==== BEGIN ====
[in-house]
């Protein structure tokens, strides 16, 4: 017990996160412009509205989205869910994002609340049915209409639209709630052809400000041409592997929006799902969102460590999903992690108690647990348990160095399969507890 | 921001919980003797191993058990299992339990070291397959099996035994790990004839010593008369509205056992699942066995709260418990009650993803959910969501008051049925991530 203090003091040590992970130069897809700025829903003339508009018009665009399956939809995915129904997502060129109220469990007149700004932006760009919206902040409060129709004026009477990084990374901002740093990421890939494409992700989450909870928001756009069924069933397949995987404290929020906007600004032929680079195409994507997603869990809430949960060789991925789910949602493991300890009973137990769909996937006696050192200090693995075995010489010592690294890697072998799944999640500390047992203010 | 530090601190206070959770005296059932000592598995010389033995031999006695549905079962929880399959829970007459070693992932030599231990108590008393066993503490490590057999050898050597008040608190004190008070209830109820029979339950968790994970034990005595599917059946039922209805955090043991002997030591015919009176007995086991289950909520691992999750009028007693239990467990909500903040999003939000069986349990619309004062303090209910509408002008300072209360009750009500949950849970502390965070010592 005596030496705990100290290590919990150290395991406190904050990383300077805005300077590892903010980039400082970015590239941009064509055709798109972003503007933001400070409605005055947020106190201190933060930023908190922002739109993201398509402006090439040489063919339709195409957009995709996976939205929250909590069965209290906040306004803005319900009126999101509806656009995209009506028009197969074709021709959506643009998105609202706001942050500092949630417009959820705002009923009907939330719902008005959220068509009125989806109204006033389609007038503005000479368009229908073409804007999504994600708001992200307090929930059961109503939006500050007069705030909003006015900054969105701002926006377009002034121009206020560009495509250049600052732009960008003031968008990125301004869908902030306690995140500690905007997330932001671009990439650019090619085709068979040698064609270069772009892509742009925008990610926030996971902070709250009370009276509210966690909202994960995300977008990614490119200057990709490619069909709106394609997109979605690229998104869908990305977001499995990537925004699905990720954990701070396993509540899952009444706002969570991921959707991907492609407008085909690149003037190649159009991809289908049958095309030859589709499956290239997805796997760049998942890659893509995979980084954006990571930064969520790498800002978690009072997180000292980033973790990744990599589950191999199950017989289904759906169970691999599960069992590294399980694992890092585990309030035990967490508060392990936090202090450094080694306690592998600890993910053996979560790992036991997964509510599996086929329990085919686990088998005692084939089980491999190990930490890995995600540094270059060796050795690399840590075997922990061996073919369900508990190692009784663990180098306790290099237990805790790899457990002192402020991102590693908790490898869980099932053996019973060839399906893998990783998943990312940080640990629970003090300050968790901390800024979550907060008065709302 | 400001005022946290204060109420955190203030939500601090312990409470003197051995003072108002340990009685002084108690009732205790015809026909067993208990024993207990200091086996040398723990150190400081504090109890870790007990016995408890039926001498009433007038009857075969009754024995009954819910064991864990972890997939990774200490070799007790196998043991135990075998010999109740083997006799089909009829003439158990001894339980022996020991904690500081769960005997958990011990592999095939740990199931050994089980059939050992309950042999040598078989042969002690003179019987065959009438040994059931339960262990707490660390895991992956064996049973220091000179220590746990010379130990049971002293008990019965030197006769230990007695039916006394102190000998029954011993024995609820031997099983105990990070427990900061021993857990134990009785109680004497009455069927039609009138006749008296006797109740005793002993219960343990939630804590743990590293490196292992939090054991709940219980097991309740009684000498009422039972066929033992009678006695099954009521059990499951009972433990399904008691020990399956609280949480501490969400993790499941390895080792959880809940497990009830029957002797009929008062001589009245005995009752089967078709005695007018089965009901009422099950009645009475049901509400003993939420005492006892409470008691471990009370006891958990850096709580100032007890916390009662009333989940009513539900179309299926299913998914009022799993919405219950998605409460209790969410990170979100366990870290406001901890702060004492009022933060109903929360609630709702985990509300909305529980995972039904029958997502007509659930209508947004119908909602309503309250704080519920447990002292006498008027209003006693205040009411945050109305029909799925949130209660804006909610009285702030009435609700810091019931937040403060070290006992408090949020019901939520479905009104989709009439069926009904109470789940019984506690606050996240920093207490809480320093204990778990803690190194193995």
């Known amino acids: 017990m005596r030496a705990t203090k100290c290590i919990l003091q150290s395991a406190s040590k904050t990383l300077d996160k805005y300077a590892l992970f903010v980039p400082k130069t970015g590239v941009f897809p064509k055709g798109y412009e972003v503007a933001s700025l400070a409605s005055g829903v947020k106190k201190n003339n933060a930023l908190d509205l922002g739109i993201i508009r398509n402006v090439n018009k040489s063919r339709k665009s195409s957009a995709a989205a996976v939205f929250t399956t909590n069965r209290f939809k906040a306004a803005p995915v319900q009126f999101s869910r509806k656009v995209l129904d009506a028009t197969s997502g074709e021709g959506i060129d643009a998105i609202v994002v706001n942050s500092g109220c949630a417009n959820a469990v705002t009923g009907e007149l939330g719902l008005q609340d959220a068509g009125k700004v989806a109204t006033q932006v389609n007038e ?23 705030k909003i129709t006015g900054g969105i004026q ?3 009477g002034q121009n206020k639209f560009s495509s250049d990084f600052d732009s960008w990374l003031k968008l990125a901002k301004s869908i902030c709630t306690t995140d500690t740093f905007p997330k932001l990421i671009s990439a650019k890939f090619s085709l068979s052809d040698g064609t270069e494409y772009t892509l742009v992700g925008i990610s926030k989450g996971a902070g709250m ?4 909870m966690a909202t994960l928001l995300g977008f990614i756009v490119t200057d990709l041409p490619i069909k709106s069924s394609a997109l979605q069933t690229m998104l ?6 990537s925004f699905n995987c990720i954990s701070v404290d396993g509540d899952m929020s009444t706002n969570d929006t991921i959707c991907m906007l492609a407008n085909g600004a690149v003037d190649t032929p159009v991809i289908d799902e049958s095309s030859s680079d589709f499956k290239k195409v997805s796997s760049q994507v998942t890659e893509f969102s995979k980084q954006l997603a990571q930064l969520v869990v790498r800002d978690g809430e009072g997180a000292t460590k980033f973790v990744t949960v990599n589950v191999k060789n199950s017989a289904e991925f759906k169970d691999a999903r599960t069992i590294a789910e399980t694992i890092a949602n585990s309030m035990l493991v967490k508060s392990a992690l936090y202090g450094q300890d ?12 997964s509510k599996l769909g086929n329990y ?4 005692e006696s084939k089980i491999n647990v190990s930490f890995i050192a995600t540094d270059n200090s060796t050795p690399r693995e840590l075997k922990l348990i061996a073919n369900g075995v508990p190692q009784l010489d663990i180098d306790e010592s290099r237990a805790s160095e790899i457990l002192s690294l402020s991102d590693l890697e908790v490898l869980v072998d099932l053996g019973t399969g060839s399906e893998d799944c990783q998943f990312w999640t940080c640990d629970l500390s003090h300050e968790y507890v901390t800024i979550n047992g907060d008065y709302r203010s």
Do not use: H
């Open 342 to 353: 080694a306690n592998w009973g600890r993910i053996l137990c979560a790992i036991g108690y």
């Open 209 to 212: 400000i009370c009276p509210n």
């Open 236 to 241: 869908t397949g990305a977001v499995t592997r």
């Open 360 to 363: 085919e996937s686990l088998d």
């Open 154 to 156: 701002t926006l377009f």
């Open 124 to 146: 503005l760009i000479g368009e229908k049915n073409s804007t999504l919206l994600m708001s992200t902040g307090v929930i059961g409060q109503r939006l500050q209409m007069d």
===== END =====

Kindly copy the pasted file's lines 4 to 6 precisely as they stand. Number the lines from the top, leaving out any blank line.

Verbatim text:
Do not use: H
């Open 342 to 353: 080694a306690n592998w009973g600890r993910i053996l137990c979560a790992i036991g108690y």
């Open 209 to 212: 400000i009370c009276p509210n």